As coach Finch says, it places the Wolves in a tough spot when one of their best players constantly finds himself in foul trouble. That much is obvious.

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Timberwolves can’t afford to have KAT on the sideline

NBA: Minnesota Timberwolves at Memphis Grizzlies
Christine Tannous-USA TODAY Sports

Maybe KAT’s foul problems wouldn’t be such a big issue if backup center Naz Reid didn’t suffer from the same issues. In the play-in, Reid was spectacular in his role scoring eight points off the bench while grabbing four rebounds (two offensive), and dishing out an assist. The most telling stat, was the +17 he finished with across 21 minutes, which was a team-best.

Towns on the other hand, finished with a team-worst -14 plus/minus.

The issue lies with Reid’s inconsistency and the lack of depth the Wolves have at center behind Towns. Nobody constructed this roster with the idea to have a top backup center when the starter plays 34.2 minutes per game. It wouldn’t make sense.

When Towns suffered through his issues in the play-in, it was the Nazmanian Devil who came through in the clutch, helping the team get into the playoffs. In Games 1 and 2, Reid was a nightmare, often looking overmatched and clumsy with some positive shots mixed in.

In Game 1, Reid played just five minutes as he too got in early foul trouble somehow collecting three fouls and three turnovers in such a small timeframe. Game 2 was better as a whole for Reid, but he still got off to a rough start, committing three fouls once again and turning the ball over two more times.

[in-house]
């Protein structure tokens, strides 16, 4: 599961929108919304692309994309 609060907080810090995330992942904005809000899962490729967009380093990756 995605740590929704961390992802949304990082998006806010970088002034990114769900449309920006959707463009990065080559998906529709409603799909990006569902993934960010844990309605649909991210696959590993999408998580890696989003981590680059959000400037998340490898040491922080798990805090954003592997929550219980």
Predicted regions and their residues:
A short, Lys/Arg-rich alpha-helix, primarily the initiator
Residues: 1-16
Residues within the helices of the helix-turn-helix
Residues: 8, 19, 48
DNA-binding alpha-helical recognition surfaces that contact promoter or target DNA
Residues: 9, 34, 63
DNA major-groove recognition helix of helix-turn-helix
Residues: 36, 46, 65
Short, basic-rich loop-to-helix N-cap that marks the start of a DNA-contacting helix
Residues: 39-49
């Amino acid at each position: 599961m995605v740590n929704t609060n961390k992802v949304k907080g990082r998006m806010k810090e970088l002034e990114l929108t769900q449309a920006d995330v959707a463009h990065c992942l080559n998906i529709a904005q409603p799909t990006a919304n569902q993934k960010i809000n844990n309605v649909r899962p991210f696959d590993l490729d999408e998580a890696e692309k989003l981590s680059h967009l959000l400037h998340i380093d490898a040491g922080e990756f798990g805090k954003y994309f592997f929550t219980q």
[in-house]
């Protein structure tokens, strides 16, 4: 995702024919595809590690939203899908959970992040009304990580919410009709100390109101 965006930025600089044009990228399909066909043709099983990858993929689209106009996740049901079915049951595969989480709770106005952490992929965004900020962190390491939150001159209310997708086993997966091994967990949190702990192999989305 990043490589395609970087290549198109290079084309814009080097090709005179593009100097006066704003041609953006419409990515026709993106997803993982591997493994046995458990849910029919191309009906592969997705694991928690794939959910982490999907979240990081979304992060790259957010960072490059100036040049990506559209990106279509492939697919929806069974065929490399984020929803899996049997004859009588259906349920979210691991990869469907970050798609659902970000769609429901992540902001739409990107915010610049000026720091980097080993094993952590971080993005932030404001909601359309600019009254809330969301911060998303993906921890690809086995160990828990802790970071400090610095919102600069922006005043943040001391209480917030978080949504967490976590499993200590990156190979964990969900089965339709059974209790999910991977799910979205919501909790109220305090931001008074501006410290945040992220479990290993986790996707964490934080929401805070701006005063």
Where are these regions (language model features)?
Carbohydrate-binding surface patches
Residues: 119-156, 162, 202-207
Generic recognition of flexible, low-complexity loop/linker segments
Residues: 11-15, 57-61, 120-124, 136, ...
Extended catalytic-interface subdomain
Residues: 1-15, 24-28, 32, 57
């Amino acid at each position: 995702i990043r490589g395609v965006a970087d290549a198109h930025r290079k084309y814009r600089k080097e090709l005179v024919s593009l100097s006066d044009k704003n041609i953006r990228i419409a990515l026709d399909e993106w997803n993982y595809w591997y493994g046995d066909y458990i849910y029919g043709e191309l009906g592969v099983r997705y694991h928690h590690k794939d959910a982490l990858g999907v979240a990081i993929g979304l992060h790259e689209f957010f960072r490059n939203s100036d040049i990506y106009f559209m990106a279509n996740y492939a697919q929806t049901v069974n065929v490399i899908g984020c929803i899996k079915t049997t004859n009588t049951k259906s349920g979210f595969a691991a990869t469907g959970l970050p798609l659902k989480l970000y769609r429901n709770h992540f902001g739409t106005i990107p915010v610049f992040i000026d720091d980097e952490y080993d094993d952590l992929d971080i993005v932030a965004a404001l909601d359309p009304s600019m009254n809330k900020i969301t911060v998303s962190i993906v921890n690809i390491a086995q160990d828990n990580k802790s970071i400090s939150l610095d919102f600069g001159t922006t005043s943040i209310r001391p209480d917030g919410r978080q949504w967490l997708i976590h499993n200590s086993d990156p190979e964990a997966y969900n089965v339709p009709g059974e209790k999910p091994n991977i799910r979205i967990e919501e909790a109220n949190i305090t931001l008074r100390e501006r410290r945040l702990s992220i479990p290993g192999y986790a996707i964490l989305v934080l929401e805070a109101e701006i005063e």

“He’s got to be better,” Finch said. “He just hasn’t been very good in these two games. He’s got to rebound for us better, makes a lot of little mistakes, little turnovers and little plays that are a little bit too deflating. He’s got to be a little bit better for us right now, we really need him.”

Minnesota Timberwolves head coach Chris Finch on Naz Reid’s play

If Towns didn’t get behind in the count, Reid could come in and be as aggressive as he needs, but when Towns is already down and out, Reid’s mistakes are only magnified since the man he replaces dives into the same pit.

The Wolves also have Greg Monroe at the backup five, but Reid has earned his role throughout the season. Let’s not try and place the problems on a backup, when it’s easy to see a concerning lack of discipline from one of the team’s max contract players who is supposed to set the table for others.

  • Karl-Anthony Towns contract: $31.6 million in 2021-22

Simply put, when KAT digs a hole, forcing himself out of the game, the Wolves need Reid to step up in his absence. But it shouldn’t come down to Reid, a backup five, for the T-Wolves to advance, it starts with Towns being a team leader.

So far, we haven’t seen that consistently enough. One season helping the team reach the playoffs is a nice start, but for the narrative to change about Towns for good, he needs to stop whining, stop complaining and just play some basketball. Blind or not, let the referees do their job and you do yours. The Wolves will be much better off in the end.